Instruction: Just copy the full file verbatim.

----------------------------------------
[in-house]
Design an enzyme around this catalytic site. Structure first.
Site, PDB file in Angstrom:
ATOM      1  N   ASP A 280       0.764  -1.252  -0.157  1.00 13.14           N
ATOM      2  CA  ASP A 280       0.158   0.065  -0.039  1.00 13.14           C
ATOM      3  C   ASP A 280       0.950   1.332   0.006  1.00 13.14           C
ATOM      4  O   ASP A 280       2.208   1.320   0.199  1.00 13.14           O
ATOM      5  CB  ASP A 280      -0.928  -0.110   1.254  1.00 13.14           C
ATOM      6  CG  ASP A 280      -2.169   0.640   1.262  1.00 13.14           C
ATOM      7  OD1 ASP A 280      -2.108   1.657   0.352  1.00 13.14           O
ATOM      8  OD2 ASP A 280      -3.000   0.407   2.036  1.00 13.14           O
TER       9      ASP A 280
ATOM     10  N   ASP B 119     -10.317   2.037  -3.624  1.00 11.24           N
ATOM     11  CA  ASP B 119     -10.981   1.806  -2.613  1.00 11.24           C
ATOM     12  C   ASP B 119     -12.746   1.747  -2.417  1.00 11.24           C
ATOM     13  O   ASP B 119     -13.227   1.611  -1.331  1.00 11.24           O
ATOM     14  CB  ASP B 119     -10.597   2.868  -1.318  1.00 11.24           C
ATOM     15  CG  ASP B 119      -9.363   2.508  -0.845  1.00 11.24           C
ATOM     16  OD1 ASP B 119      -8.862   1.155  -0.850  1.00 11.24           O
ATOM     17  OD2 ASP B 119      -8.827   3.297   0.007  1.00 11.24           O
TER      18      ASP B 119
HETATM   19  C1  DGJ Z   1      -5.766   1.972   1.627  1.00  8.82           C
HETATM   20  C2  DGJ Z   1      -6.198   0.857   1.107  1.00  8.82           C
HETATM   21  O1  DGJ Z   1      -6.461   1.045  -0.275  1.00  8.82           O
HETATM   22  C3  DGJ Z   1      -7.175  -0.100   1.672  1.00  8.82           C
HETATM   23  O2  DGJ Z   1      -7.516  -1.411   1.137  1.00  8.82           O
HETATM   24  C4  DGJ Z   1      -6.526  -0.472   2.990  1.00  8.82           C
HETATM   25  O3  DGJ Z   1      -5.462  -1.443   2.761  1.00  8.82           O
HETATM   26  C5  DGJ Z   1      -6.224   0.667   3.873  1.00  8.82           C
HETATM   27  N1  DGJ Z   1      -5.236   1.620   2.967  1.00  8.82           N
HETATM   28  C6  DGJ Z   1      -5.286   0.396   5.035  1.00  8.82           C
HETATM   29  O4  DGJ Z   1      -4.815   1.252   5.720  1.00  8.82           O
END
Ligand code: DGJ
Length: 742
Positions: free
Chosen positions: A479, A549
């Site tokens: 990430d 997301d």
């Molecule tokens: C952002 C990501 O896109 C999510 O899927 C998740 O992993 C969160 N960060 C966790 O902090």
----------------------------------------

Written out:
[in-house]
Design an enzyme around this catalytic site. Structure first.
Site, PDB file in Angstrom:
ATOM      1  N   ASP A 280       0.764  -1.252  -0.157  1.00 13.14           N
ATOM      2  CA  ASP A 280       0.158   0.065  -0.039  1.00 13.14           C
ATOM      3  C   ASP A 280       0.950   1.332   0.006  1.00 13.14           C
ATOM      4  O   ASP A 280       2.208   1.320   0.199  1.00 13.14           O
ATOM      5  CB  ASP A 280      -0.928  -0.110   1.254  1.00 13.14           C
ATOM      6  CG  ASP A 280      -2.169   0.640   1.262  1.00 13.14           C
ATOM      7  OD1 ASP A 280      -2.108   1.657   0.352  1.00 13.14           O
ATOM      8  OD2 ASP A 280      -3.000   0.407   2.036  1.00 13.14           O
TER       9      ASP A 280
ATOM     10  N   ASP B 119     -10.317   2.037  -3.624  1.00 11.24           N
ATOM     11  CA  ASP B 119     -10.981   1.806  -2.613  1.00 11.24           C
ATOM     12  C   ASP B 119     -12.746   1.747  -2.417  1.00 11.24           C
ATOM     13  O   ASP B 119     -13.227   1.611  -1.331  1.00 11.24           O
ATOM     14  CB  ASP B 119     -10.597   2.868  -1.318  1.00 11.24           C
ATOM     15  CG  ASP B 119      -9.363   2.508  -0.845  1.00 11.24           C
ATOM     16  OD1 ASP B 119      -8.862   1.155  -0.850  1.00 11.24           O
ATOM     17  OD2 ASP B 119      -8.827   3.297   0.007  1.00 11.24           O
TER      18      ASP B 119
HETATM   19  C1  DGJ Z   1      -5.766   1.972   1.627  1.00  8.82           C
HETATM   20  C2  DGJ Z   1      -6.198   0.857   1.107  1.00  8.82           C
HETATM   21  O1  DGJ Z   1      -6.461   1.045  -0.275  1.00  8.82           O
HETATM   22  C3  DGJ Z   1      -7.175  -0.100   1.672  1.00  8.82           C
HETATM   23  O2  DGJ Z   1      -7.516  -1.411   1.137  1.00  8.82           O
HETATM   24  C4  DGJ Z   1      -6.526  -0.472   2.990  1.00  8.82           C
HETATM   25  O3  DGJ Z   1      -5.462  -1.443   2.761  1.00  8.82           O
HETATM   26  C5  DGJ Z   1      -6.224   0.667   3.873  1.00  8.82           C
HETATM   27  N1  DGJ Z   1      -5.236   1.620   2.967  1.00  8.82           N
HETATM   28  C6  DGJ Z   1      -5.286   0.396   5.035  1.00  8.82           C
HETATM   29  O4  DGJ Z   1      -4.815   1.252   5.720  1.00  8.82           O
END
Ligand code: DGJ
Length: 742
Positions: free
Chosen positions: A479, A549
């Site tokens: 990430d 997301d």
């Molecule tokens: C952002 C990501 O896109 C999510 O899927 C998740 O992993 C969160 N960060 C966790 O902090």